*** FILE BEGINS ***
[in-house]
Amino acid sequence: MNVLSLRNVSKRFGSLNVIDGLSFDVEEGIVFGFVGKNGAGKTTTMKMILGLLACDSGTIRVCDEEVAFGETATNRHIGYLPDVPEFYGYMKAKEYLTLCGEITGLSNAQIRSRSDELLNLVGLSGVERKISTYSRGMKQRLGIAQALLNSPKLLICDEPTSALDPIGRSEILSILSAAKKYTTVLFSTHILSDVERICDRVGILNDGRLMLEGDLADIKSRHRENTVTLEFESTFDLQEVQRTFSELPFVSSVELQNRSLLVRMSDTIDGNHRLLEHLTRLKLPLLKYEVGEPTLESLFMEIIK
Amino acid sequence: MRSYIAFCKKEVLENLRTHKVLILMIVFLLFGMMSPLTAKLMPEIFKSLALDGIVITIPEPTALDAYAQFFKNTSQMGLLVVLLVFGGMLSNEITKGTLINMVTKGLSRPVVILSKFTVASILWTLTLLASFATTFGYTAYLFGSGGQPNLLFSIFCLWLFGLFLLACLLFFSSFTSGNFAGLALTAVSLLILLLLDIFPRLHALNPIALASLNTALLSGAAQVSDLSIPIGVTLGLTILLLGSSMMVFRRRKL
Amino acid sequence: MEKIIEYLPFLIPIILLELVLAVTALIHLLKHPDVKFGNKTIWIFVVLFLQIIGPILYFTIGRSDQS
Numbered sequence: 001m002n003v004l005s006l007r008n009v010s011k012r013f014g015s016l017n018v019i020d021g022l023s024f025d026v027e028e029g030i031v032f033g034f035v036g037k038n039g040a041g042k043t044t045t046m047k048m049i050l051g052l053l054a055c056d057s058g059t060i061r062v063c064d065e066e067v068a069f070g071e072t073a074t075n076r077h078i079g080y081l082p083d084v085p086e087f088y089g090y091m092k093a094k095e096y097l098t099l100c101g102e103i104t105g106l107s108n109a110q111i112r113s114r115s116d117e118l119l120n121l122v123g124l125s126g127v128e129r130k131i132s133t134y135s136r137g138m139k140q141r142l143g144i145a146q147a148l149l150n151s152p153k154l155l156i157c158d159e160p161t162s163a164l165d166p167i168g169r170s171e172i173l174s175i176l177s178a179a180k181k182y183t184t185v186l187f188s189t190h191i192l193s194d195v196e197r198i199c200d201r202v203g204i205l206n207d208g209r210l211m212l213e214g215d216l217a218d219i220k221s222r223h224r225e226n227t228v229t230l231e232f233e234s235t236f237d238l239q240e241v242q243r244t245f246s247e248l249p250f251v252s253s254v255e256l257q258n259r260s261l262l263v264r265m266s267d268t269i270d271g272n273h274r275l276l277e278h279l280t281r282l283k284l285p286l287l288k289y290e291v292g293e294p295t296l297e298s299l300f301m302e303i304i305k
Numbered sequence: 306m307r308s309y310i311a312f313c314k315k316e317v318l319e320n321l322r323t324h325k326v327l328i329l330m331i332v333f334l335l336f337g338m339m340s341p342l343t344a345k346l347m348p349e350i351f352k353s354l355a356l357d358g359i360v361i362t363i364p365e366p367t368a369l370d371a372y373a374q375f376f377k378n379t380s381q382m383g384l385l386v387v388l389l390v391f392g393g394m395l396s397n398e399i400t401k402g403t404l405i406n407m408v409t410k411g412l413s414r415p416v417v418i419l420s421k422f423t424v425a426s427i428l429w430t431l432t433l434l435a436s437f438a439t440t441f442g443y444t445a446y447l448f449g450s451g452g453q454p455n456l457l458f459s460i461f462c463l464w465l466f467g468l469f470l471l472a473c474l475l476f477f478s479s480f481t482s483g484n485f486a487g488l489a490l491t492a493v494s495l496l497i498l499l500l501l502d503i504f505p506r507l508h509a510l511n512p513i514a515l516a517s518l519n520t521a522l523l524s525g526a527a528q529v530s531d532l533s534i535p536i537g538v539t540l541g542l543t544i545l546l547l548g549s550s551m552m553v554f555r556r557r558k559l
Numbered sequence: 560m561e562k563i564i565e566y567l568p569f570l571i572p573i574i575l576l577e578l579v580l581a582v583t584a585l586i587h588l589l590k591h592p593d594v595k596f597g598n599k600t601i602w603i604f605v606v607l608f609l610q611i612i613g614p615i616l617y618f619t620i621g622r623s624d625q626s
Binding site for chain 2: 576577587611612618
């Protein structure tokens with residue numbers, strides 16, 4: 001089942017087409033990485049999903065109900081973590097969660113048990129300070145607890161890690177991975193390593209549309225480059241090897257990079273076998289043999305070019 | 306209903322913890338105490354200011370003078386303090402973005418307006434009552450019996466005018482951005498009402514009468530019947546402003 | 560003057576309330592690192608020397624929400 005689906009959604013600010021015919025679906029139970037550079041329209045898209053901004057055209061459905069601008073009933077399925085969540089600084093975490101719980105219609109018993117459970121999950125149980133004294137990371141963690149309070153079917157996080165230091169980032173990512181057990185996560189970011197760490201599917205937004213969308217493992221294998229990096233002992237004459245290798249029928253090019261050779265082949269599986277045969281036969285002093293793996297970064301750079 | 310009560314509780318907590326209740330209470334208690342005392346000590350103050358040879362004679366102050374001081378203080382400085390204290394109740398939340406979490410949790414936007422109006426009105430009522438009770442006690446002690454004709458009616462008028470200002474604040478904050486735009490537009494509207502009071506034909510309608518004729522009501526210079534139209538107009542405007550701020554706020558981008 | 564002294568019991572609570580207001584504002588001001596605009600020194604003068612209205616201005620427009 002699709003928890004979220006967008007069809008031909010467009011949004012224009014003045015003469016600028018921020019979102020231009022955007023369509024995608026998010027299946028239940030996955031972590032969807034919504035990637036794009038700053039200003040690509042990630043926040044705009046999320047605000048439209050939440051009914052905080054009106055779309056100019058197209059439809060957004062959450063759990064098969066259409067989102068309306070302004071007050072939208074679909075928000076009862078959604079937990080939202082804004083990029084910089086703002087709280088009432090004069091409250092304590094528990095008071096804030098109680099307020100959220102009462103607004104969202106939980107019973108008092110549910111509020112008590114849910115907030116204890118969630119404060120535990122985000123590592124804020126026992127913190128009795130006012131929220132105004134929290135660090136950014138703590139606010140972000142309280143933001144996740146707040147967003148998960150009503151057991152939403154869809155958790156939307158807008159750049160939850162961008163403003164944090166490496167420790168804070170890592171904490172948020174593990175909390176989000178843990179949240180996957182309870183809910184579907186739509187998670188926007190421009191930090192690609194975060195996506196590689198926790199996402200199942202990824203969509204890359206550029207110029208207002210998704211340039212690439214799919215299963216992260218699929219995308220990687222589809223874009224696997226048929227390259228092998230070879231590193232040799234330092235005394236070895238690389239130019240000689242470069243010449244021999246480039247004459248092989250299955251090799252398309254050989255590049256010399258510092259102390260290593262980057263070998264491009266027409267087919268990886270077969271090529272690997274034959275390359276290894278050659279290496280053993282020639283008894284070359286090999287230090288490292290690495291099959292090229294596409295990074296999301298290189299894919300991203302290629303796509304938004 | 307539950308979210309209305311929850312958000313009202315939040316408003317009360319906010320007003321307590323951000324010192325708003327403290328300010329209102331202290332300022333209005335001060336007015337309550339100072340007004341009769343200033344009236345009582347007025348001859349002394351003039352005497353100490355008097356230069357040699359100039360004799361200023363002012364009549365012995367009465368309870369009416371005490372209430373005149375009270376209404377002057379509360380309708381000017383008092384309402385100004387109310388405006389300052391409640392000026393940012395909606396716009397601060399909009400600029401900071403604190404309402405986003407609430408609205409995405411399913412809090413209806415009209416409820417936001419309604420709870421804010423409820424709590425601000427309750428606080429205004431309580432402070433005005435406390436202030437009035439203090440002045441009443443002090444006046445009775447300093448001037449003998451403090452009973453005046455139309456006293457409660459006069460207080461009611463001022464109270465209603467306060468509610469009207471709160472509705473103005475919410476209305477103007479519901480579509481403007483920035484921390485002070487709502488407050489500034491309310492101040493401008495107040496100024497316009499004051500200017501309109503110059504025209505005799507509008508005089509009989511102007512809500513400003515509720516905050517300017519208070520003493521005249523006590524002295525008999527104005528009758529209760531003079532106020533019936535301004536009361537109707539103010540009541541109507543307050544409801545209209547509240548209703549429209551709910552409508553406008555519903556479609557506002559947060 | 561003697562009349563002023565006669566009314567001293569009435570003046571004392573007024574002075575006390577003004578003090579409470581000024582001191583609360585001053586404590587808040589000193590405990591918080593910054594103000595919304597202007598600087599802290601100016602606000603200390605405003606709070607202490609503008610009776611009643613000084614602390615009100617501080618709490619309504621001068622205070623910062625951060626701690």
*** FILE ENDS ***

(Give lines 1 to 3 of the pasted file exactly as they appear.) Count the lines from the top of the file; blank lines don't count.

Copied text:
[in-house]
Amino acid sequence: MNVLSLRNVSKRFGSLNVIDGLSFDVEEGIVFGFVGKNGAGKTTTMKMILGLLACDSGTIRVCDEEVAFGETATNRHIGYLPDVPEFYGYMKAKEYLTLCGEITGLSNAQIRSRSDELLNLVGLSGVERKISTYSRGMKQRLGIAQALLNSPKLLICDEPTSALDPIGRSEILSILSAAKKYTTVLFSTHILSDVERICDRVGILNDGRLMLEGDLADIKSRHRENTVTLEFESTFDLQEVQRTFSELPFVSSVELQNRSLLVRMSDTIDGNHRLLEHLTRLKLPLLKYEVGEPTLESLFMEIIK
Amino acid sequence: MRSYIAFCKKEVLENLRTHKVLILMIVFLLFGMMSPLTAKLMPEIFKSLALDGIVITIPEPTALDAYAQFFKNTSQMGLLVVLLVFGGMLSNEITKGTLINMVTKGLSRPVVILSKFTVASILWTLTLLASFATTFGYTAYLFGSGGQPNLLFSIFCLWLFGLFLLACLLFFSSFTSGNFAGLALTAVSLLILLLLDIFPRLHALNPIALASLNTALLSGAAQVSDLSIPIGVTLGLTILLLGSSMMVFRRRKL